Musicvid wrote on 7/30/2020, 1:12 PM

Matt, it turns out there is a simple fix for you, I believe.

You are creating audio for local delivery (not online games, right?).

Go ahead and push the ceiling all you want. -0.1 TP, -10 ILU, -6LRA, have at it. Whatever the kiddos want to make their hearing like mine someday, with their headphones turned up 93dB.

Streaming delivery is a different matter. Without rehashing points made above, your audio is too loud.

When encoding your captures for streaming video delivery, turn down the gain by -6dB. That will put your LUFS at Apple levels, and that will put them in line with other streaming services, as well. No need to re-encode for the 'net unless you want to. Issue solved, no hair-splitting necessary. As for your 1dB discrepancy, another thing to check is that the same audio drivers are selected in both applications.

I know the temptation to want to have your viewers experience a theatrical moment when they play your online videos. The movie producers want us to do so, as well. But the ceiling is lower, and the future is with those who choose the light side of the force. Welcome to the forums.

rraud wrote on 7/30/2020, 3:47 PM

In addition to MV's ( @Musicvid ) comments. The on-line 'Loudness Penalty' analyzer, can give one an idea how soft or loud a project is compared to the 'recommended' streaming levels for music YT, iTunes, Spotify, ect. (typically around -14 LUFS integrated), not to be confused with peak dBFS

"Whatever the kiddos want to make their hearing like mine someday"

+11, same here

Norrin_Radd22 wrote on 7/31/2020, 7:16 AM

I appreciate the posts guys. The loudness wars are a whole other issue. I personally don't like to squash my music, or even make music that is squashable a lot of the time. The track you saw was one of the few that is meant to be slammed.

But the overall number of how loud a track is didn't end up being my issue here. My issue is that Vegas's meter and Cubase's meter are not the same.

I did a test where I put a limiter on a track to make it EXACTLY -6dB, and Vegas tells me it is actually -5.2dB. I am not even talking about clipping. I simply mean, why does it read -6dB as -5.2dB?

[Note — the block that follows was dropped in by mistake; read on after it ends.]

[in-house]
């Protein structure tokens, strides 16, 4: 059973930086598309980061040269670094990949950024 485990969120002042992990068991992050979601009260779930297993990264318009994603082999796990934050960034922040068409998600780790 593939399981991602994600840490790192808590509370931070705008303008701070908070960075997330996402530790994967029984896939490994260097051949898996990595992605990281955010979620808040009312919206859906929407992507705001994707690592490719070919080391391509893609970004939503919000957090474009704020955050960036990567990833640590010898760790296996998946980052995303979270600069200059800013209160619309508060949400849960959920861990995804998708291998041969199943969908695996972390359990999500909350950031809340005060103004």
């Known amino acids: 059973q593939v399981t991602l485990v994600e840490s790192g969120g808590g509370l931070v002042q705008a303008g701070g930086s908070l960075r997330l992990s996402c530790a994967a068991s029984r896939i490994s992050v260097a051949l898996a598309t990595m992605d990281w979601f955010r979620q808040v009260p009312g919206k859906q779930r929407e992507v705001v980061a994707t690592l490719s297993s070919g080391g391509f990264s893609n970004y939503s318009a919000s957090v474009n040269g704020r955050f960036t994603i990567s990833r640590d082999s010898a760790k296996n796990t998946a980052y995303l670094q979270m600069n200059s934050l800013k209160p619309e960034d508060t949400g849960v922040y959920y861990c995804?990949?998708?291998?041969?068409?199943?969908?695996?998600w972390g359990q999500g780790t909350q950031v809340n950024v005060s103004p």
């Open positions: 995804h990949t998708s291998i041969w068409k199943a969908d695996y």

I use Vegas Pro 16, abut I also recently got Vegas Pro 17, and the issue remained, lock step. That's how I knew there was something wrong with Vegas. An entirely new install should have fixed the problem if I did something to my old version.

Even when I normalize a track inside Vegas Pro 17, this -6dB track for example, becomes 0.6dB. I don't usually use Normalize in Vegas since I use Cubase to treat all my audio, so this is actually news to me. For the record, the Normalize peak level (dB) is set to -0.1

Could it be my external soundcard somehow? I have a UR242. But I have no idea how it would be affecting a track inside Vegas after normalization, but before the final meter...

Guys, what the hell is going on on my machine?

Marco. wrote on 7/31/2020, 8:30 AM

What about checking standardized test tones first?

Norrin_Radd22 wrote on 7/31/2020, 8:56 AM

I'm not sure that would do it. If I normalize within a fresh install of Vegas and it displays as higher than what I have set inside Vegas as the normalize peak, then where is the problem? How do I troubleshoot this?

Vegas gets the normalize instruction, and "normalizes" it to the set peak, then it also says its basically .7dB higher than what I set as the max.

Where is the failure point?

Had this exact same issue on a Vegas Pro 16 I was using prior, so it must be something on my machine... But where in my machine would it allow me to make the file louder after normalization, but also before the meter?

Musicvid wrote on 7/31/2020, 1:22 PM

What about checking standardized test tones first?

I did, using the BBC -18dbfsstereotone.wav as the benchmark. In both native and normalized mode, it is within ±0.1 dBFS of expected.

Unable to duplicate your reported behavior. I have searched the term "meters" all the way back to VP14 and I don't see any similar reports. Do post back when you have found your solution; it may help others, and best of luck.

mp3 files often have an audible "click" on the first sample upon playback because of the metadata header placement. Is this what your peak meters are locking onto?

adis-a3097 wrote on 7/31/2020, 3:04 PM

Your project sample rate and media sample rate, do they match?